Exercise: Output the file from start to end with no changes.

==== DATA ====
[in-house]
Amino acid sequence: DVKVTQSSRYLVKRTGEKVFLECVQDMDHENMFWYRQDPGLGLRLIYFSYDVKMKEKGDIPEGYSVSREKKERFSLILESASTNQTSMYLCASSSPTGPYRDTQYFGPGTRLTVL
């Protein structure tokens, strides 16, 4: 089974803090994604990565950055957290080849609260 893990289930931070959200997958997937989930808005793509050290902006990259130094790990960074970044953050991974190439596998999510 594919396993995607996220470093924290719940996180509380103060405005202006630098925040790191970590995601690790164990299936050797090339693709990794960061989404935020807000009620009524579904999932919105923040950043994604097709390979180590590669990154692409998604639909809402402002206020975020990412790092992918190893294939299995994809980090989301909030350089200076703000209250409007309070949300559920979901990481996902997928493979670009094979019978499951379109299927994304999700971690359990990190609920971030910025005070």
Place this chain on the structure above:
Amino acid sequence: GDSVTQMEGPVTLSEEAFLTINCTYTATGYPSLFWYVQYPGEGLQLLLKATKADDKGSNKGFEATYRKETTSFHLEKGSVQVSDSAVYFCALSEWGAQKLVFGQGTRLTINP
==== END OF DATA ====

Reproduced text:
[in-house]
Amino acid sequence: DVKVTQSSRYLVKRTGEKVFLECVQDMDHENMFWYRQDPGLGLRLIYFSYDVKMKEKGDIPEGYSVSREKKERFSLILESASTNQTSMYLCASSSPTGPYRDTQYFGPGTRLTVL
């Protein structure tokens, strides 16, 4: 089974803090994604990565950055957290080849609260 893990289930931070959200997958997937989930808005793509050290902006990259130094790990960074970044953050991974190439596998999510 594919396993995607996220470093924290719940996180509380103060405005202006630098925040790191970590995601690790164990299936050797090339693709990794960061989404935020807000009620009524579904999932919105923040950043994604097709390979180590590669990154692409998604639909809402402002206020975020990412790092992918190893294939299995994809980090989301909030350089200076703000209250409007309070949300559920979901990481996902997928493979670009094979019978499951379109299927994304999700971690359990990190609920971030910025005070």
Place this chain on the structure above:
Amino acid sequence: GDSVTQMEGPVTLSEEAFLTINCTYTATGYPSLFWYVQYPGEGLQLLLKATKADDKGSNKGFEATYRKETTSFHLEKGSVQVSDSAVYFCALSEWGAQKLVFGQGTRLTINP